Stolen Words

(Critical Survey of Contemporary Fiction)

Plagiarism is a subject that arouses strong and often contradictory emotions. Perhaps for that reason it has received relatively little attention, despite its manifest importance. Thomas Mallon’s STOLEN WORDS: FORAYS INTO THE ORIGINS AND RAVAGES OF PLAGIARISM is thus most welcome. Mallon begins with a historical overview, briefly tracing the development of the modern notion of “literary property,” which was firmly established by the end of the eighteenth century. He rightly gives special attention to the massive plagiarisms of Samuel Taylor Coleridge, documented in Norman Fruman’s COLERIDGE: THE DAMAGED ARCHANGEL. Fruman’s book, the best contemporary study of the subject, was published in 1971, yet as Mallon notes, scholars have largely continued to ignore or explain away Coleridge’s plagiarism, preferring instead to speak of “composition by mosaic organization.”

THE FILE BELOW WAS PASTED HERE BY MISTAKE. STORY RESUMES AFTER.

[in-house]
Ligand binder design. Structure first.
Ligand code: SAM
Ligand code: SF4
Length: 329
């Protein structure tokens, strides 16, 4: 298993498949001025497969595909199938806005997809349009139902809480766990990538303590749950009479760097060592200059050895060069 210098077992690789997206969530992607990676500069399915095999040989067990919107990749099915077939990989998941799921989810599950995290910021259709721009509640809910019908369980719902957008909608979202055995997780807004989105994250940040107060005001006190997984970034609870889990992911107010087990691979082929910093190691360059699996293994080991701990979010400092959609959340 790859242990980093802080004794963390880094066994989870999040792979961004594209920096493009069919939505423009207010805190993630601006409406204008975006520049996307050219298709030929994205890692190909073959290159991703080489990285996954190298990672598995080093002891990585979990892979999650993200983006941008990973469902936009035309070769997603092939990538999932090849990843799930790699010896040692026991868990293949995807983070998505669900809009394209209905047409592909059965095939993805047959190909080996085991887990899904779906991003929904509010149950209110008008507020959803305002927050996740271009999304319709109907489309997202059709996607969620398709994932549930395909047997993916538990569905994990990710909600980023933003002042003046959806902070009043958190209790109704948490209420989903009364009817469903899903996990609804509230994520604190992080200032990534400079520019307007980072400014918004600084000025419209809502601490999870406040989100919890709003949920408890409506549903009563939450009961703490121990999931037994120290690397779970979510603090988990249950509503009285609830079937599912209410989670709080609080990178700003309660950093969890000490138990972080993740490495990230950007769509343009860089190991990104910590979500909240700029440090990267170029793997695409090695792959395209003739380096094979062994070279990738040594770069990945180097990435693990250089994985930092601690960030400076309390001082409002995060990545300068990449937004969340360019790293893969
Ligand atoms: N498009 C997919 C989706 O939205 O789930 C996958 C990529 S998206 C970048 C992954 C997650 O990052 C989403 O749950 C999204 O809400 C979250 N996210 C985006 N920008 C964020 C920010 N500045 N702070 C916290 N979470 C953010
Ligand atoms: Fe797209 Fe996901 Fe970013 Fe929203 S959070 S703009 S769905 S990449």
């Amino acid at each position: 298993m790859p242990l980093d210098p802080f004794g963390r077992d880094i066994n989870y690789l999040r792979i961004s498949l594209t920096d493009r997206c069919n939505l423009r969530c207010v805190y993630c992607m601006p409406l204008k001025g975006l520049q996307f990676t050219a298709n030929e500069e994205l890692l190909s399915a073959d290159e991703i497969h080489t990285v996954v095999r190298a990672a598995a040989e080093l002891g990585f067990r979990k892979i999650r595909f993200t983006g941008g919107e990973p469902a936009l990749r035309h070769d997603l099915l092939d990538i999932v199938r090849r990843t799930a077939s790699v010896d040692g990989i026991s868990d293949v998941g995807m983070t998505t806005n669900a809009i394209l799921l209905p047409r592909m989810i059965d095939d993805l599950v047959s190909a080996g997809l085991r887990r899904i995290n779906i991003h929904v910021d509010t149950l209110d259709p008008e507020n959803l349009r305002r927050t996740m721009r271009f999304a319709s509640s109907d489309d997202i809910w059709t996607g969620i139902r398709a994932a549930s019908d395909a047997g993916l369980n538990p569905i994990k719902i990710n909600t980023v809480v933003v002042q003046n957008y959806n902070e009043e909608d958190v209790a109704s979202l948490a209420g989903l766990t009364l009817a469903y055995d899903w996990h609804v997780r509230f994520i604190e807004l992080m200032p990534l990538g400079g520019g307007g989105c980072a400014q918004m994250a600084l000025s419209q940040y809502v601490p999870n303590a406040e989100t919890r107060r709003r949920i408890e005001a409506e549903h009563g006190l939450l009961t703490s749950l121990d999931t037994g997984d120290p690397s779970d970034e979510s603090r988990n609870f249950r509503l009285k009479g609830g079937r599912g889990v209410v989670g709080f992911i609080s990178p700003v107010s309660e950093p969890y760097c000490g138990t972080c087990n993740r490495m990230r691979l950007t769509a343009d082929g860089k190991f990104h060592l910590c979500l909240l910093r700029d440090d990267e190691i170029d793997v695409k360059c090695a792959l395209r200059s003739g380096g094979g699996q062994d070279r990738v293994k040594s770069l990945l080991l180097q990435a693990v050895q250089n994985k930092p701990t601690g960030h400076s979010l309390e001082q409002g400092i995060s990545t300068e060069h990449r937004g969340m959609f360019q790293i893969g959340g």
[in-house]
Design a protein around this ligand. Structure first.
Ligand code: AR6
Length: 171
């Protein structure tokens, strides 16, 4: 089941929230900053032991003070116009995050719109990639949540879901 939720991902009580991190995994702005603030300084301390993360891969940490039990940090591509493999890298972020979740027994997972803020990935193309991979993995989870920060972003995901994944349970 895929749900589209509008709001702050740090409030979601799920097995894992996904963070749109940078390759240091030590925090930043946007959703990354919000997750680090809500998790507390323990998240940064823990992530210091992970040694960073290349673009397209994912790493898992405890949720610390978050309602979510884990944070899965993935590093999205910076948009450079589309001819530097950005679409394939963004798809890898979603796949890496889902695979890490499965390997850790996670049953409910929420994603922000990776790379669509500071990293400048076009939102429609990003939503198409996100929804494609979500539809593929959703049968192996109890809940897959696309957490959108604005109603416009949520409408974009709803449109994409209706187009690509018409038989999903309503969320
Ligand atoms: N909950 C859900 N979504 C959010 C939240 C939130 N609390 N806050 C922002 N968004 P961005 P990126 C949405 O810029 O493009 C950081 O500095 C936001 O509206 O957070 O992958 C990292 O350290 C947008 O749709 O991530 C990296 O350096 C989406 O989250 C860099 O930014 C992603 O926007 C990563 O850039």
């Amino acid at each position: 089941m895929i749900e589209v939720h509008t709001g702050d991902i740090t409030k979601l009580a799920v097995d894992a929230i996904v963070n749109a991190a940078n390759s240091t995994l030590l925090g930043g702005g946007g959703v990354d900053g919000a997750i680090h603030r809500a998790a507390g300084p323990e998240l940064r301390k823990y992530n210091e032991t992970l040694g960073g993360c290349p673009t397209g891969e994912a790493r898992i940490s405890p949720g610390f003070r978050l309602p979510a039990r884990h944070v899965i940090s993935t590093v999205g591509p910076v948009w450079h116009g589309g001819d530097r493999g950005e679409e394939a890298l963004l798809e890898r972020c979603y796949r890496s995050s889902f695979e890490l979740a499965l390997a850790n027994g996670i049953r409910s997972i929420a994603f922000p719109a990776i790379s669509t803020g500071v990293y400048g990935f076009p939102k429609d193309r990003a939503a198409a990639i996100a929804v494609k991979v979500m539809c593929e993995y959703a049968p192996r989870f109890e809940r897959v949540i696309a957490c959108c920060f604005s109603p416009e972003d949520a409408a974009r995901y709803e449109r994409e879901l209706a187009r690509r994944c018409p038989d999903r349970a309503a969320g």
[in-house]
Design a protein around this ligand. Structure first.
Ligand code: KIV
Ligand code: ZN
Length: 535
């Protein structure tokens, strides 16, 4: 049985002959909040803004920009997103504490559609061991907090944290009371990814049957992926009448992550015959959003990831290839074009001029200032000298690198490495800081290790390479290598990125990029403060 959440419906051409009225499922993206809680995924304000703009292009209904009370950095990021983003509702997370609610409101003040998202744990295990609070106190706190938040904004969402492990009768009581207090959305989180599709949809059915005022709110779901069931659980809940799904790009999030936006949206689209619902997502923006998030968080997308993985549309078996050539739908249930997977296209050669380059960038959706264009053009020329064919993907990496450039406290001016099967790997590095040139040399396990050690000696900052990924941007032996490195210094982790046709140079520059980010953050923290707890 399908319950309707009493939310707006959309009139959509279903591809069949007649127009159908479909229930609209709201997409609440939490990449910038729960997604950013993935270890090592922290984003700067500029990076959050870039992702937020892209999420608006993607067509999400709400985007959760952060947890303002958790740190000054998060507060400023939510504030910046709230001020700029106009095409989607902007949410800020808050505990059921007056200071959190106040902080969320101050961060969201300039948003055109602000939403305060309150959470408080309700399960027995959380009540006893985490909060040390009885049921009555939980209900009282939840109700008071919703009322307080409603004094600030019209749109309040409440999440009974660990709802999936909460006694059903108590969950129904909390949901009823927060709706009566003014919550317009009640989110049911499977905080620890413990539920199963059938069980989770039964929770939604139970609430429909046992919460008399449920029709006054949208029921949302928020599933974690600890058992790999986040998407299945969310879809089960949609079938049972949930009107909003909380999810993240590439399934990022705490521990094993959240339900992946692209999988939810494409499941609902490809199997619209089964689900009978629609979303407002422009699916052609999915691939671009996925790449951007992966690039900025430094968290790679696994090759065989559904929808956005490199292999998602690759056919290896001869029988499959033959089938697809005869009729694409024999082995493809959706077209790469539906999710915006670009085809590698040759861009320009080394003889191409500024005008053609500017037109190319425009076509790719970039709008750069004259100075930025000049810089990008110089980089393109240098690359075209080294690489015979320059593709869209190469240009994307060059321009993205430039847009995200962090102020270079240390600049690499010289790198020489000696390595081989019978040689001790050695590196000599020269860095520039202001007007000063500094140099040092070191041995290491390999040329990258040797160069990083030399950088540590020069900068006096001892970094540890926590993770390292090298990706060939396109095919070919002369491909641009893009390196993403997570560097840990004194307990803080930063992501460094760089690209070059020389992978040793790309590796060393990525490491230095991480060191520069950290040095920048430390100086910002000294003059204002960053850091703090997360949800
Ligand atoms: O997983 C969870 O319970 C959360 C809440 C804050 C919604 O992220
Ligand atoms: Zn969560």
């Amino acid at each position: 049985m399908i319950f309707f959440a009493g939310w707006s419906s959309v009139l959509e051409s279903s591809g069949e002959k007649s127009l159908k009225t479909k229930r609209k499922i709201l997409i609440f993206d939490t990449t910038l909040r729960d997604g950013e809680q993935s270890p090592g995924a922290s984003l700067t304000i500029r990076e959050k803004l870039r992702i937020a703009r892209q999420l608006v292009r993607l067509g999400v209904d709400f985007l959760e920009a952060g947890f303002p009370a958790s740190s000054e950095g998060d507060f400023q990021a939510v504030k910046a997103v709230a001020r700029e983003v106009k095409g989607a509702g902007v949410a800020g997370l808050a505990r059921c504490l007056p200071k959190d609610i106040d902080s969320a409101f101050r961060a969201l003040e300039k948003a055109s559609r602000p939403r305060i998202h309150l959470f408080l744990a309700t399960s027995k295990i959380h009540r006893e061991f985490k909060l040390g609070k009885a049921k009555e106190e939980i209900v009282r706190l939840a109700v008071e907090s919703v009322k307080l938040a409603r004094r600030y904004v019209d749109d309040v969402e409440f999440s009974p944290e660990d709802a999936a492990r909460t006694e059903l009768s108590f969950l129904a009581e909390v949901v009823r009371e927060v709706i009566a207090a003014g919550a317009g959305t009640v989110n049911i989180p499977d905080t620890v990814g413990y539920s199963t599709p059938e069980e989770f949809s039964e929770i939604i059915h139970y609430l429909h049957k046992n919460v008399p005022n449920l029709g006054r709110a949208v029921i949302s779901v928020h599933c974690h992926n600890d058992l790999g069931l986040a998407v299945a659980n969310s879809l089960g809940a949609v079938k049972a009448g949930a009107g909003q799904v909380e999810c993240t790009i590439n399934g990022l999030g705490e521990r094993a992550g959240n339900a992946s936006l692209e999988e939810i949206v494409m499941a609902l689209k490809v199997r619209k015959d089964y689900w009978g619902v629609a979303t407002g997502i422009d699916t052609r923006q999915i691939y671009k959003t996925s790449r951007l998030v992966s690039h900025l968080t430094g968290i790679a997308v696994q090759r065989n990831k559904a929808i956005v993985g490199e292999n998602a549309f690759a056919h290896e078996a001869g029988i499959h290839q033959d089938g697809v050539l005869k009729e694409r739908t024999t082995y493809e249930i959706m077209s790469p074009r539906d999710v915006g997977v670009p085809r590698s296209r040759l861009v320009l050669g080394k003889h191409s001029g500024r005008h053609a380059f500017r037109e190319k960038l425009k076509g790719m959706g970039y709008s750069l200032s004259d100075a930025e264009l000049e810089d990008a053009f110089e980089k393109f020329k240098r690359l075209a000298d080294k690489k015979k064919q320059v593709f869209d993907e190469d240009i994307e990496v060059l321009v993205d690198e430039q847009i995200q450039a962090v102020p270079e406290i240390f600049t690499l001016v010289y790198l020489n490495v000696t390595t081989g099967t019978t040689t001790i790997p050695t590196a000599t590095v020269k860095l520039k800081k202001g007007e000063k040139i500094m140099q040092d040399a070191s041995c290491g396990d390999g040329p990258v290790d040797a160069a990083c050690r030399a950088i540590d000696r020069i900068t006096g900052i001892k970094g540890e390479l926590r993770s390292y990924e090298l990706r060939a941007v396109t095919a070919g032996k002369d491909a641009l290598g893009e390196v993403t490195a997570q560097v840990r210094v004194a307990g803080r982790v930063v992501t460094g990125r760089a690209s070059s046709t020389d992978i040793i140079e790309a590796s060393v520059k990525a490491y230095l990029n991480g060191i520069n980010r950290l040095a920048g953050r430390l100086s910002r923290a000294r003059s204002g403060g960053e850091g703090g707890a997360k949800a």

Mallon then offers four quite diverse case studies, focusing in turn on the nineteenth century British novelist Charles Reade, “both a loud champion of international copyright and a shameless smuggler of work penned on the other side of the English Channel"; Jason Epstein, whose first novel drew heavily on a novel by Martin Amis; an obscure academic historian, Jayme Sokolow; and finally a lawsuit involving the television series “Falcon Crest"--the last a cautionary exception in that it appears to be a case in which plagiarism did not actually take place.

Mallon is both witty and refreshingly down-to-earth, rejecting elaborate defenses of what amounts to theft. Nevertheless, his book is not as good as it could have been. He seems to have tried to write two books in one: a thoroughgoing, serious study of plagiarism and an entertaining but superficial piece of literary journalism. The result is an uneasy mix of the two, though overall the journalist reigns supreme.